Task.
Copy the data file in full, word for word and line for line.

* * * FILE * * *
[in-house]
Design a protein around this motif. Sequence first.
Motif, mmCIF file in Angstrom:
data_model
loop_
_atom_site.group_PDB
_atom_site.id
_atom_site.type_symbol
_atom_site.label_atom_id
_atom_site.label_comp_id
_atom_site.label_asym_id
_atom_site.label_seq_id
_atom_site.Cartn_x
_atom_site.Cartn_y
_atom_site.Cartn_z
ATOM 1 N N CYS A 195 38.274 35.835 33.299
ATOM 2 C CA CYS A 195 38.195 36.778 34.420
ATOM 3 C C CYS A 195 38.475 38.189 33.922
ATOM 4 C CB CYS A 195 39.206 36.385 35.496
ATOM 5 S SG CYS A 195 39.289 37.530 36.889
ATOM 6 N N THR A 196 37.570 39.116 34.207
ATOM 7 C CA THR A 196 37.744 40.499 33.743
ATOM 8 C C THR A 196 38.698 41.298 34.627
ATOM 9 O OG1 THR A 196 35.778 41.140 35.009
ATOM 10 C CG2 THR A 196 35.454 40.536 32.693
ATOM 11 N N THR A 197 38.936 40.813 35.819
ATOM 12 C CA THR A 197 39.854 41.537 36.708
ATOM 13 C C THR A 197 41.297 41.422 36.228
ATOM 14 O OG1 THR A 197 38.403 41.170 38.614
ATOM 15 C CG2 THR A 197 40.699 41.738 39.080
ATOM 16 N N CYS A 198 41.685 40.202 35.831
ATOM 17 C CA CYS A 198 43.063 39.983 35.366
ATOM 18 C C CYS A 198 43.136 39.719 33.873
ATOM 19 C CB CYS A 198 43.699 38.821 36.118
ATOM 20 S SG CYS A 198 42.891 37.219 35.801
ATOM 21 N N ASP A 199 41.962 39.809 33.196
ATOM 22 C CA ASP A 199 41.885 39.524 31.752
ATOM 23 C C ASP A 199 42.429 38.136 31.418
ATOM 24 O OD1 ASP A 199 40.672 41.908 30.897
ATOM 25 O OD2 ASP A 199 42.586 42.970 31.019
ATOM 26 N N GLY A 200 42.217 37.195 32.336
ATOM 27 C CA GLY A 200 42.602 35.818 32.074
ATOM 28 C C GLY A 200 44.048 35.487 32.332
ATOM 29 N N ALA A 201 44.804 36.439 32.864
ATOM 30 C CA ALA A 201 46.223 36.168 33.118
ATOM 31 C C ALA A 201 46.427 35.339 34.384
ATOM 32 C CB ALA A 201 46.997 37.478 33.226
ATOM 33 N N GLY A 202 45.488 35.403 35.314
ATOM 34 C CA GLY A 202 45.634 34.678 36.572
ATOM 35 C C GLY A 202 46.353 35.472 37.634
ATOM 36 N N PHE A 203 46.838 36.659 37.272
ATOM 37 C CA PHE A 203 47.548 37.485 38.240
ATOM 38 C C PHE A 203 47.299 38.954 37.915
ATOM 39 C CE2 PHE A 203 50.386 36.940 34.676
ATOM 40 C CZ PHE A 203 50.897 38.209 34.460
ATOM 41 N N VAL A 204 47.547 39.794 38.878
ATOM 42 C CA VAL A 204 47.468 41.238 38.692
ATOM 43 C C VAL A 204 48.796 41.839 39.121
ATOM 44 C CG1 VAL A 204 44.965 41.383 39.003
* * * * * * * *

[in-house]
Design a protein around this motif. Sequence first.
Motif, mmCIF file in Angstrom:
data_model
loop_
_atom_site.group_PDB
_atom_site.id
_atom_site.type_symbol
_atom_site.label_atom_id
_atom_site.label_comp_id
_atom_site.label_asym_id
_atom_site.label_seq_id
_atom_site.Cartn_x
_atom_site.Cartn_y
_atom_site.Cartn_z
ATOM 1 N N CYS A 195 38.274 35.835 33.299
ATOM 2 C CA CYS A 195 38.195 36.778 34.420
ATOM 3 C C CYS A 195 38.475 38.189 33.922
ATOM 4 C CB CYS A 195 39.206 36.385 35.496
ATOM 5 S SG CYS A 195 39.289 37.530 36.889
ATOM 6 N N THR A 196 37.570 39.116 34.207
ATOM 7 C CA THR A 196 37.744 40.499 33.743
ATOM 8 C C THR A 196 38.698 41.298 34.627
ATOM 9 O OG1 THR A 196 35.778 41.140 35.009
ATOM 10 C CG2 THR A 196 35.454 40.536 32.693
ATOM 11 N N THR A 197 38.936 40.813 35.819
ATOM 12 C CA THR A 197 39.854 41.537 36.708
ATOM 13 C C THR A 197 41.297 41.422 36.228
ATOM 14 O OG1 THR A 197 38.403 41.170 38.614
ATOM 15 C CG2 THR A 197 40.699 41.738 39.080
ATOM 16 N N CYS A 198 41.685 40.202 35.831
ATOM 17 C CA CYS A 198 43.063 39.983 35.366
ATOM 18 C C CYS A 198 43.136 39.719 33.873
ATOM 19 C CB CYS A 198 43.699 38.821 36.118
ATOM 20 S SG CYS A 198 42.891 37.219 35.801
ATOM 21 N N ASP A 199 41.962 39.809 33.196
ATOM 22 C CA ASP A 199 41.885 39.524 31.752
ATOM 23 C C ASP A 199 42.429 38.136 31.418
ATOM 24 O OD1 ASP A 199 40.672 41.908 30.897
ATOM 25 O OD2 ASP A 199 42.586 42.970 31.019
ATOM 26 N N GLY A 200 42.217 37.195 32.336
ATOM 27 C CA GLY A 200 42.602 35.818 32.074
ATOM 28 C C GLY A 200 44.048 35.487 32.332
ATOM 29 N N ALA A 201 44.804 36.439 32.864
ATOM 30 C CA ALA A 201 46.223 36.168 33.118
ATOM 31 C C ALA A 201 46.427 35.339 34.384
ATOM 32 C CB ALA A 201 46.997 37.478 33.226
ATOM 33 N N GLY A 202 45.488 35.403 35.314
ATOM 34 C CA GLY A 202 45.634 34.678 36.572
ATOM 35 C C GLY A 202 46.353 35.472 37.634
ATOM 36 N N PHE A 203 46.838 36.659 37.272
ATOM 37 C CA PHE A 203 47.548 37.485 38.240
ATOM 38 C C PHE A 203 47.299 38.954 37.915
ATOM 39 C CE2 PHE A 203 50.386 36.940 34.676
ATOM 40 C CZ PHE A 203 50.897 38.209 34.460
ATOM 41 N N VAL A 204 47.547 39.794 38.878
ATOM 42 C CA VAL A 204 47.468 41.238 38.692
ATOM 43 C C VAL A 204 48.796 41.839 39.121
ATOM 44 C CG1 VAL A 204 44.965 41.383 39.003